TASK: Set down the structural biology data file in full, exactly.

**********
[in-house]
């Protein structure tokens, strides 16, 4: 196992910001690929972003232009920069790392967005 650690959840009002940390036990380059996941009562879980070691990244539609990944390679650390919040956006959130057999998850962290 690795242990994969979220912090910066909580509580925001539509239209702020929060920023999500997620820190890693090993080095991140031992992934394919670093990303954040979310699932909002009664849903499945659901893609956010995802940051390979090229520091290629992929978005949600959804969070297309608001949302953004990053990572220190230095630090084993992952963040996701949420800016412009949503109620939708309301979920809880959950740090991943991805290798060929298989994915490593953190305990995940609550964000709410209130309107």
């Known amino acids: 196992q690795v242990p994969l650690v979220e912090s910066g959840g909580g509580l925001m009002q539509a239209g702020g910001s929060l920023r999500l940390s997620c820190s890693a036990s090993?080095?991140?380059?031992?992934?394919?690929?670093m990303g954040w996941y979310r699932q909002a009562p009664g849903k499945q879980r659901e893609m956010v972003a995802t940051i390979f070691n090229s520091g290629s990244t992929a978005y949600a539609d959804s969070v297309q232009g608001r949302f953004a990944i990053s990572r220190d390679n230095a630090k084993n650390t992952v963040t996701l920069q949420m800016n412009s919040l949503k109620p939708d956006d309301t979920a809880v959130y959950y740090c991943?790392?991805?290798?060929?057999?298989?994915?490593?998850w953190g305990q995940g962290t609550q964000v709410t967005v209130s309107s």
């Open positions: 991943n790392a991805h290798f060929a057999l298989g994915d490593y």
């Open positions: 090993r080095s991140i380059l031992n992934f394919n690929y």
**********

[in-house]
């Protein structure tokens, strides 16, 4: 196992910001690929972003232009920069790392967005 650690959840009002940390036990380059996941009562879980070691990244539609990944390679650390919040956006959130057999998850962290 690795242990994969979220912090910066909580509580925001539509239209702020929060920023999500997620820190890693090993080095991140031992992934394919670093990303954040979310699932909002009664849903499945659901893609956010995802940051390979090229520091290629992929978005949600959804969070297309608001949302953004990053990572220190230095630090084993992952963040996701949420800016412009949503109620939708309301979920809880959950740090991943991805290798060929298989994915490593953190305990995940609550964000709410209130309107």
């Known amino acids: 196992q690795v242990p994969l650690v979220e912090s910066g959840g909580g509580l925001m009002q539509a239209g702020g910001s929060l920023r999500l940390s997620c820190s890693a036990s090993?080095?991140?380059?031992?992934?394919?690929?670093m990303g954040w996941y979310r699932q909002a009562p009664g849903k499945q879980r659901e893609m956010v972003a995802t940051i390979f070691n090229s520091g290629s990244t992929a978005y949600a539609d959804s969070v297309q232009g608001r949302f953004a990944i990053s990572r220190d390679n230095a630090k084993n650390t992952v963040t996701l920069q949420m800016n412009s919040l949503k109620p939708d956006d309301t979920a809880v959130y959950y740090c991943?790392?991805?290798?060929?057999?298989?994915?490593?998850w953190g305990q995940g962290t609550q964000v709410t967005v209130s309107s």
């Open positions: 991943n790392a991805h290798f060929a057999l298989g994915d490593y």
């Open positions: 090993r080095s991140i380059l031992n992934f394919n690929y």